Generation and characterisation of two D2A1 mammary cancer sublines to model spontaneous and experimental metastasis in a syngeneic BALB/c host.
van Weverwijk, A
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Studying the complex mechanisms underlying breast cancer metastasis and therapy response necessitates relevant in vivo models, particularly syngeneic models with an intact immune system. Two syngeneic spontaneously metastatic sublines, D2A1-m1 and D2A1-m2, were generated from the poorly metastasising BALB/c-derived D2A1 cell line by serial in vivo passaging. In vivo and in vitro analyses revealed distinct and shared characteristics of the metastatic D2A1-m1 and D2A1-m2 sublines. In particular, D2A1-m1 cells are more aggressive in experimental metastasis assays, while D2A1-m2 cells are more efficient at disseminating from the primary tumour in spontaneous metastasis assays. Surprisingly, classical metastasis-associated in vitro phenotypes such as enhanced proliferation, migration and invasion are reduced in the sublines compared to the parental cell line. Further, evasion of immune control cannot fully explain their enhanced metastatic properties. By contrast, both sublines show increased resistance to apoptosis when cultured in non-adherent conditions and, for the D2A1-m2 subline, increased 3D tumour spheroid growth. Moreover, the enhanced spontaneous metastatic phenotype of the D2A1-m2 subline is associated with an increased ability to recruit an activated tumour stroma. The metastatic D2A1-m1 and D2A1-m2 cell lines provide additional syngeneic models for investigating the different steps of the metastatic cascade and thereby represent valuable tools for breast cancer researchers. Finally, this study highlights that morphology and cell behaviour in 2D cell-based assays cannot be used as a reliable predictor of metastatic behaviour in vivo.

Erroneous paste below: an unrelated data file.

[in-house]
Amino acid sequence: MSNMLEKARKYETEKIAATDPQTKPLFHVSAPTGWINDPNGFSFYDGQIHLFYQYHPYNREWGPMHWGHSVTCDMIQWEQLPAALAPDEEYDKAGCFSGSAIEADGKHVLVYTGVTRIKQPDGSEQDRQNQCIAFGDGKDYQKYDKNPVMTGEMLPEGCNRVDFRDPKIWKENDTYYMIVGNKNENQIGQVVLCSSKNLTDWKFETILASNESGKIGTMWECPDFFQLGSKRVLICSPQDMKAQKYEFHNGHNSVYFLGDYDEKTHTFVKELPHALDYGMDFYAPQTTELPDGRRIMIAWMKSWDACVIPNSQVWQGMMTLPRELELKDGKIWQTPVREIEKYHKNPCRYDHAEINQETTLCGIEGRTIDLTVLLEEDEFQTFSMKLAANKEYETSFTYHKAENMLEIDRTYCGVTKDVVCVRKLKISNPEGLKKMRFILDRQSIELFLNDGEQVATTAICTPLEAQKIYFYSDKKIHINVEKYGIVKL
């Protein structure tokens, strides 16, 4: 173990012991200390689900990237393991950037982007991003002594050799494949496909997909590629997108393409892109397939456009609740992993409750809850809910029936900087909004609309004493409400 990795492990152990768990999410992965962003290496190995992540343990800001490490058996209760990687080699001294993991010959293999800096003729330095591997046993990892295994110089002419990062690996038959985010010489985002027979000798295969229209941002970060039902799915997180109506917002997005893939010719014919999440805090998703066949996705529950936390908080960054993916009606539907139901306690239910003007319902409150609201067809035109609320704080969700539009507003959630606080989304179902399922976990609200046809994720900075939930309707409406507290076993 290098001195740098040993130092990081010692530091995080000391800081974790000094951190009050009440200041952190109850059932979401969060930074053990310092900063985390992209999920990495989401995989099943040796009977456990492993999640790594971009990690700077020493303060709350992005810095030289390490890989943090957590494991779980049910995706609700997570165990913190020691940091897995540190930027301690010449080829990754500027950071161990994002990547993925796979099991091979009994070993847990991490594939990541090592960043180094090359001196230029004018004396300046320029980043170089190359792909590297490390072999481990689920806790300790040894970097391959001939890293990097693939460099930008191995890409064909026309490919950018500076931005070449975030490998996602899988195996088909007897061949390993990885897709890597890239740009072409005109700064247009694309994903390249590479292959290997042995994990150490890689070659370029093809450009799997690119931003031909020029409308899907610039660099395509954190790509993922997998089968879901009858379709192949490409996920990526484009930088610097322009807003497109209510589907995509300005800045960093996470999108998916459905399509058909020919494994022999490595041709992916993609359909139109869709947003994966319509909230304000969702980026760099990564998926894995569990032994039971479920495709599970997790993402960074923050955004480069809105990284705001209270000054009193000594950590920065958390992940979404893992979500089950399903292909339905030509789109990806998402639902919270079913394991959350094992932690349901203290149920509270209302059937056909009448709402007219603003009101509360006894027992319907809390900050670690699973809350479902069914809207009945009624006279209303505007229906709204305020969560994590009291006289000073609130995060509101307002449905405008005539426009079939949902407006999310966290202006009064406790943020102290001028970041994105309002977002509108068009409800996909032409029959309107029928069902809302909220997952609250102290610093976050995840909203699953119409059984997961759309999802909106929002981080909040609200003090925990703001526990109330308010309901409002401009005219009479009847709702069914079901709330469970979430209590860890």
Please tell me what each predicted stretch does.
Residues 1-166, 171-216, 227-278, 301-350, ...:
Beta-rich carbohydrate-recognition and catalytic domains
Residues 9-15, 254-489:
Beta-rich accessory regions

The Institute of Cancer Research (Grant ID: Unspecified)
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Molecular Cell Biology
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Dis Model Mech, 2017